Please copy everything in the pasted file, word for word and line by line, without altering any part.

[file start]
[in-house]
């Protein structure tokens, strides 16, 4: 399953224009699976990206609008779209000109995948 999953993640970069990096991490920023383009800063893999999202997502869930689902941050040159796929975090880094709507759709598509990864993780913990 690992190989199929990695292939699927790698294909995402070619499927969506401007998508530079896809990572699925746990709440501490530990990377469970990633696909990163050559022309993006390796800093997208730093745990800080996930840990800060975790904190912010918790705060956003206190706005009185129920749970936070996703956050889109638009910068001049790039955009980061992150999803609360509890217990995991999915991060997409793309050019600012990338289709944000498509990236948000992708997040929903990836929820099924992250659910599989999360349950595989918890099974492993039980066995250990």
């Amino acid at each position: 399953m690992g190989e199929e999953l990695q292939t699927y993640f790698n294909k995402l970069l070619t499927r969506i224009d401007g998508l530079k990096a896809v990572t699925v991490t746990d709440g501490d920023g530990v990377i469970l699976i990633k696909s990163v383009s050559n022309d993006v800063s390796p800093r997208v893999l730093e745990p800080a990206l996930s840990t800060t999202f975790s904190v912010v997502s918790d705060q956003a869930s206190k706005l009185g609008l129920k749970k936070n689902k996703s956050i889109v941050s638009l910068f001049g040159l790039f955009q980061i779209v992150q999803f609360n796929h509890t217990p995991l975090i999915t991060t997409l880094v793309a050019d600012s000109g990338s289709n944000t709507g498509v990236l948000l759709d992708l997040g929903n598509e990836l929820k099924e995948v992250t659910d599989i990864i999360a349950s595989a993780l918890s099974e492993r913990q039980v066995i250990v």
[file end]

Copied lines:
[in-house]
């Protein structure tokens, strides 16, 4: 399953224009699976990206609008779209000109995948 999953993640970069990096991490920023383009800063893999999202997502869930689902941050040159796929975090880094709507759709598509990864993780913990 690992190989199929990695292939699927790698294909995402070619499927969506401007998508530079896809990572699925746990709440501490530990990377469970990633696909990163050559022309993006390796800093997208730093745990800080996930840990800060975790904190912010918790705060956003206190706005009185129920749970936070996703956050889109638009910068001049790039955009980061992150999803609360509890217990995991999915991060997409793309050019600012990338289709944000498509990236948000992708997040929903990836929820099924992250659910599989999360349950595989918890099974492993039980066995250990």
């Amino acid at each position: 399953m690992g190989e199929e999953l990695q292939t699927y993640f790698n294909k995402l970069l070619t499927r969506i224009d401007g998508l530079k990096a896809v990572t699925v991490t746990d709440g501490d920023g530990v990377i469970l699976i990633k696909s990163v383009s050559n022309d993006v800063s390796p800093r997208v893999l730093e745990p800080a990206l996930s840990t800060t999202f975790s904190v912010v997502s918790d705060q956003a869930s206190k706005l009185g609008l129920k749970k936070n689902k996703s956050i889109v941050s638009l910068f001049g040159l790039f955009q980061i779209v992150q999803f609360n796929h509890t217990p995991l975090i999915t991060t997409l880094v793309a050019d600012s000109g990338s289709n944000t709507g498509v990236l948000l759709d992708l997040g929903n598509e990836l929820k099924e995948v992250t659910d599989i990864i999360a349950s595989a993780l918890s099974e492993r913990q039980v066995i250990v």